Hot Best Seller

Frankie & Bug

Availability: Ready to download

In the debut middle grade novel from #1 New York Times bestselling author Gayle Forman comes a poignant and powerful coming-of-age story that follows a young girl and her new friend as they learn about family, friendship, allyship, and finding your way in a complicated world. It’s the summer of 1987, and all ten-year-old Bug wants to do is go to the beach with her older bro In the debut middle grade novel from #1 New York Times bestselling author Gayle Forman comes a poignant and powerful coming-of-age story that follows a young girl and her new friend as they learn about family, friendship, allyship, and finding your way in a complicated world. It’s the summer of 1987, and all ten-year-old Bug wants to do is go to the beach with her older brother and hang out with the locals on the boardwalk. But Danny wants to be with his own friends, and Bug’s mom is too busy, so Bug is stuck with their neighbor Philip’s nephew, Frankie. Bug’s not too excited about hanging out with a kid she’s never met, but they soon find some common ground. And as the summer unfolds, they find themselves learning some important lessons about each other, and the world. Like what it means to be your true self and how to be a good ally for others. That family can be the people you’re related to, but also the people you choose to have around you. And that even though life isn’t always fair, we can all do our part to make it more just.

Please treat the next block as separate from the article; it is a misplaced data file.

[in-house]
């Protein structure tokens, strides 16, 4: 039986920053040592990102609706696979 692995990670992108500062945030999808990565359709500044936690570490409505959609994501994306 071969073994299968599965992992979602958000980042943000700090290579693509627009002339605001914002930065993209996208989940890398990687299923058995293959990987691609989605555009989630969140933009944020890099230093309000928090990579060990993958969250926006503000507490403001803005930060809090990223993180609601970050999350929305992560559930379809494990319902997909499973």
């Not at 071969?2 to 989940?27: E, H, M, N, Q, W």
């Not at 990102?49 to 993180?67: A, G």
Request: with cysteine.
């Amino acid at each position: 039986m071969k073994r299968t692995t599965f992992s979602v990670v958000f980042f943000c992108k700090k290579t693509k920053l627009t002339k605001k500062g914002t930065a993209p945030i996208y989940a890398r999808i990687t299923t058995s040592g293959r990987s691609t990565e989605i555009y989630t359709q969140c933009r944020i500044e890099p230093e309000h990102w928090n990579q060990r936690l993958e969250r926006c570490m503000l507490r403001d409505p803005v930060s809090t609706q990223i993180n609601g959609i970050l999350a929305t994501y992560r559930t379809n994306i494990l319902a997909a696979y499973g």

Compare